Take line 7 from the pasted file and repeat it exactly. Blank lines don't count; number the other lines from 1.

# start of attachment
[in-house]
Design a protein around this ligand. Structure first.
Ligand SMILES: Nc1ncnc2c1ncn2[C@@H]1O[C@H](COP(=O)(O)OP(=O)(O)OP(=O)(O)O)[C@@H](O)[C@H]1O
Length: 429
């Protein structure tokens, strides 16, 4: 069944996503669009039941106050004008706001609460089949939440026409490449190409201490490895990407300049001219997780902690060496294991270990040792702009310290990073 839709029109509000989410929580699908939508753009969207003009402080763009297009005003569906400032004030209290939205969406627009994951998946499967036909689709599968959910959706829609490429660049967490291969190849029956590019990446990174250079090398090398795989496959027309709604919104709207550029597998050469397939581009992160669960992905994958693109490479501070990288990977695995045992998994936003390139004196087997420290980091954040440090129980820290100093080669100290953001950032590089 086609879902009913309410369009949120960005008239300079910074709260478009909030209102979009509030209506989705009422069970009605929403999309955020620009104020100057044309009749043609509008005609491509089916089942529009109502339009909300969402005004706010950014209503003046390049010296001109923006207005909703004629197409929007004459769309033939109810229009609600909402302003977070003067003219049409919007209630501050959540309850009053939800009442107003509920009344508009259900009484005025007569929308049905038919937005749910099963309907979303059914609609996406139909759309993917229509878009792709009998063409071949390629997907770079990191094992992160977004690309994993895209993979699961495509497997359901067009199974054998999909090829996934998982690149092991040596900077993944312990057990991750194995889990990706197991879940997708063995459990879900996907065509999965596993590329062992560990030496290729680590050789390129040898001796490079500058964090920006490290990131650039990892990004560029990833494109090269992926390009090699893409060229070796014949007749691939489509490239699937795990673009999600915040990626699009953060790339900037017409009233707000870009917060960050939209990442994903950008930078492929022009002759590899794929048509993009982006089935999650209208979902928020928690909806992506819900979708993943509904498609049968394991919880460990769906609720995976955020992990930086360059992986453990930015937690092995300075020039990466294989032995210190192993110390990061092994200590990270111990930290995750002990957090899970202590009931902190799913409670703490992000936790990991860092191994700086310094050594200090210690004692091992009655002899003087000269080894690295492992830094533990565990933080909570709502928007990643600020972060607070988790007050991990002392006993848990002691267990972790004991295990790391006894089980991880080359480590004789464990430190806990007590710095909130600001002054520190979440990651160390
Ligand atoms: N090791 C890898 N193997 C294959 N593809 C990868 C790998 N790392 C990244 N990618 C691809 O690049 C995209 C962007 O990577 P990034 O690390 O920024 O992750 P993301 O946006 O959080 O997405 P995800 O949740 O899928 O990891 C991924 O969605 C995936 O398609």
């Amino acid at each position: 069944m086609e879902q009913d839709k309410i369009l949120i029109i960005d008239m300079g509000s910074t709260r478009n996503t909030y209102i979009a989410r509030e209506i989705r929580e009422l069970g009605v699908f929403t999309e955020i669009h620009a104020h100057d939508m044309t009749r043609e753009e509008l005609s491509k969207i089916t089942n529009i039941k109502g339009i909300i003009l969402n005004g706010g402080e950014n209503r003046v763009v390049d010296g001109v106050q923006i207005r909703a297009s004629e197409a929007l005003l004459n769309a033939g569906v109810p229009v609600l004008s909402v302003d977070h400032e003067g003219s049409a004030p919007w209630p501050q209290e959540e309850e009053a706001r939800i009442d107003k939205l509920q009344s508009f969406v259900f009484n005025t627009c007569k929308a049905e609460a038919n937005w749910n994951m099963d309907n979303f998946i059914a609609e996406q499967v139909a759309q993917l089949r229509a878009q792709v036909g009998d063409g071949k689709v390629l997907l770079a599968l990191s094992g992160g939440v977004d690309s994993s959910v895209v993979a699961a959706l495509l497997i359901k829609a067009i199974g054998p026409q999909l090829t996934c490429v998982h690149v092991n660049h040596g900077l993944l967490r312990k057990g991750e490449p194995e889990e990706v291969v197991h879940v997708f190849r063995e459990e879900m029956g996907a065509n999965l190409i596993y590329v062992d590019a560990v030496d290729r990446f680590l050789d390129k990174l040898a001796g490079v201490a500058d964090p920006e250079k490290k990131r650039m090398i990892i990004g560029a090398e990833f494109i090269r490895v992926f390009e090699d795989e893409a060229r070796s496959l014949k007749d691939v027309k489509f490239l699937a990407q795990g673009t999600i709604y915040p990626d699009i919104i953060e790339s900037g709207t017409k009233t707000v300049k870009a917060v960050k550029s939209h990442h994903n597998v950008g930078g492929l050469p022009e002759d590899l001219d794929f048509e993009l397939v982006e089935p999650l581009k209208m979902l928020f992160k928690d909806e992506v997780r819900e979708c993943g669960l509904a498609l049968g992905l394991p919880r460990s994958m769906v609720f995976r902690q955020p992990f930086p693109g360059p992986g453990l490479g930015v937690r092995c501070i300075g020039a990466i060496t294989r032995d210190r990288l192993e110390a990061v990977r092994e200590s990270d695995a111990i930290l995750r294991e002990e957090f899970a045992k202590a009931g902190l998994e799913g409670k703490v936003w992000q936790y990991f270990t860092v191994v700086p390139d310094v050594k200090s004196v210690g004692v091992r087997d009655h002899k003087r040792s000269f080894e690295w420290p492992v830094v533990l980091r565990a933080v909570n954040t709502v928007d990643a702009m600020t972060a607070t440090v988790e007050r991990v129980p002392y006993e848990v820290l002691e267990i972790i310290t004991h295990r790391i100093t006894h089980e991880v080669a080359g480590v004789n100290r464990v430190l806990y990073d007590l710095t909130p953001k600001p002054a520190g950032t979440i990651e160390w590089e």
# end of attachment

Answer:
């Amino acid at each position: 069944m086609e879902q009913d839709k309410i369009l949120i029109i960005d008239m300079g509000s910074t709260r478009n996503t909030y209102i979009a989410r509030e209506i989705r929580e009422l069970g009605v699908f929403t999309e955020i669009h620009a104020h100057d939508m044309t009749r043609e753009e509008l005609s491509k969207i089916t089942n529009i039941k109502g339009i909300i003009l969402n005004g706010g402080e950014n209503r003046v763009v390049d010296g001109v106050q923006i207005r909703a297009s004629e197409a929007l005003l004459n769309a033939g569906v109810p229009v609600l004008s909402v302003d977070h400032e003067g003219s049409a004030p919007w209630p501050q209290e959540e309850e009053a706001r939800i009442d107003k939205l509920q009344s508009f969406v259900f009484n005025t627009c007569k929308a049905e609460a038919n937005w749910n994951m099963d309907n979303f998946i059914a609609e996406q499967v139909a759309q993917l089949r229509a878009q792709v036909g009998d063409g071949k689709v390629l997907l770079a599968l990191s094992g992160g939440v977004d690309s994993s959910v895209v993979a699961a959706l495509l497997i359901k829609a067009i199974g054998p026409q999909l090829t996934c490429v998982h690149v092991n660049h040596g900077l993944l967490r312990k057990g991750e490449p194995e889990e990706v291969v197991h879940v997708f190849r063995e459990e879900m029956g996907a065509n999965l190409i596993y590329v062992d590019a560990v030496d290729r990446f680590l050789d390129k990174l040898a001796g490079v201490a500058d964090p920006e250079k490290k990131r650039m090398i990892i990004g560029a090398e990833f494109i090269r490895v992926f390009e090699d795989e893409a060229r070796s496959l014949k007749d691939v027309k489509f490239l699937a990407q795990g673009t999600i709604y915040p990626d699009i919104i953060e790339s900037g709207t017409k009233t707000v300049k870009a917060v960050k550029s939209h990442h994903n597998v950008g930078g492929l050469p022009e002759d590899l001219d794929f048509e993009l397939v982006e089935p999650l581009k209208m979902l928020f992160k928690d909806e992506v997780r819900e979708c993943g669960l509904a498609l049968g992905l394991p919880r460990s994958m769906v609720f995976r902690q955020p992990f930086p693109g360059p992986g453990l490479g930015v937690r092995c501070i300075g020039a990466i060496t294989r032995d210190r990288l192993e110390a990061v990977r092994e200590s990270d695995a111990i930290l995750r294991e002990e957090f899970a045992k202590a009931g902190l998994e799913g409670k703490v936003w992000q936790y990991f270990t860092v191994v700086p390139d310094v050594k200090s004196v210690g004692v091992r087997d009655h002899k003087r040792s000269f080894e690295w420290p492992v830094v533990l980091r565990a933080v909570n954040t709502v928007d990643a702009m600020t972060a607070t440090v988790e007050r991990v129980p002392y006993e848990v820290l002691e267990i972790i310290t004991h295990r790391i100093t006894h089980e991880v080669a080359g480590v004789n100290r464990v430190l806990y990073d007590l710095t909130p953001k600001p002054a520190g950032t979440i990651e160390w590089e």